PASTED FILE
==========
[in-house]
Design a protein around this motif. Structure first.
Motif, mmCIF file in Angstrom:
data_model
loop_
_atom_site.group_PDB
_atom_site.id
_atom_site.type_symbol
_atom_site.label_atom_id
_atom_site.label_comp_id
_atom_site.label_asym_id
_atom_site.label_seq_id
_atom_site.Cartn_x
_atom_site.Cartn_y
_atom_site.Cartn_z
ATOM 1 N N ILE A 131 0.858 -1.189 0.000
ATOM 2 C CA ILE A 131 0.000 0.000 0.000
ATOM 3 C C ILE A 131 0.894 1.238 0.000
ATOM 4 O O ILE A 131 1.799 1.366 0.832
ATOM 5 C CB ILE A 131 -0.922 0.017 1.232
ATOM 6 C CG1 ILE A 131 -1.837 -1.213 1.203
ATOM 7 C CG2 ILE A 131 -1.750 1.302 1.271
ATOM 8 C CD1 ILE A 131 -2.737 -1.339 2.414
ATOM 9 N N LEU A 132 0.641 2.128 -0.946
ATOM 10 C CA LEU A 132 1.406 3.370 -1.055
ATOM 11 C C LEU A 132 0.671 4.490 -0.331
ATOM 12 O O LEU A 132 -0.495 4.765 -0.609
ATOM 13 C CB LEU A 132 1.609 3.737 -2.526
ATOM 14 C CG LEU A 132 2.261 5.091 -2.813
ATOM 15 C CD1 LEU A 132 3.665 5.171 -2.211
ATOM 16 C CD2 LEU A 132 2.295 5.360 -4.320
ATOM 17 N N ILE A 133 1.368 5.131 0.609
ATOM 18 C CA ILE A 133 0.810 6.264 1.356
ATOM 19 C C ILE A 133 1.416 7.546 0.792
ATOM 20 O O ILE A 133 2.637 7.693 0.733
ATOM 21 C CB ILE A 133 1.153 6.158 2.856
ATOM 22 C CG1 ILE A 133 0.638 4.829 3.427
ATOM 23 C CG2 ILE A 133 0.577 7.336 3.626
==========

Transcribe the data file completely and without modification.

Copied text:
[in-house]
Design a protein around this motif. Structure first.
Motif, mmCIF file in Angstrom:
data_model
loop_
_atom_site.group_PDB
_atom_site.id
_atom_site.type_symbol
_atom_site.label_atom_id
_atom_site.label_comp_id
_atom_site.label_asym_id
_atom_site.label_seq_id
_atom_site.Cartn_x
_atom_site.Cartn_y
_atom_site.Cartn_z
ATOM 1 N N ILE A 131 0.858 -1.189 0.000
ATOM 2 C CA ILE A 131 0.000 0.000 0.000
ATOM 3 C C ILE A 131 0.894 1.238 0.000
ATOM 4 O O ILE A 131 1.799 1.366 0.832
ATOM 5 C CB ILE A 131 -0.922 0.017 1.232
ATOM 6 C CG1 ILE A 131 -1.837 -1.213 1.203
ATOM 7 C CG2 ILE A 131 -1.750 1.302 1.271
ATOM 8 C CD1 ILE A 131 -2.737 -1.339 2.414
ATOM 9 N N LEU A 132 0.641 2.128 -0.946
ATOM 10 C CA LEU A 132 1.406 3.370 -1.055
ATOM 11 C C LEU A 132 0.671 4.490 -0.331
ATOM 12 O O LEU A 132 -0.495 4.765 -0.609
ATOM 13 C CB LEU A 132 1.609 3.737 -2.526
ATOM 14 C CG LEU A 132 2.261 5.091 -2.813
ATOM 15 C CD1 LEU A 132 3.665 5.171 -2.211
ATOM 16 C CD2 LEU A 132 2.295 5.360 -4.320
ATOM 17 N N ILE A 133 1.368 5.131 0.609
ATOM 18 C CA ILE A 133 0.810 6.264 1.356
ATOM 19 C C ILE A 133 1.416 7.546 0.792
ATOM 20 O O ILE A 133 2.637 7.693 0.733
ATOM 21 C CB ILE A 133 1.153 6.158 2.856
ATOM 22 C CG1 ILE A 133 0.638 4.829 3.427
ATOM 23 C CG2 ILE A 133 0.577 7.336 3.626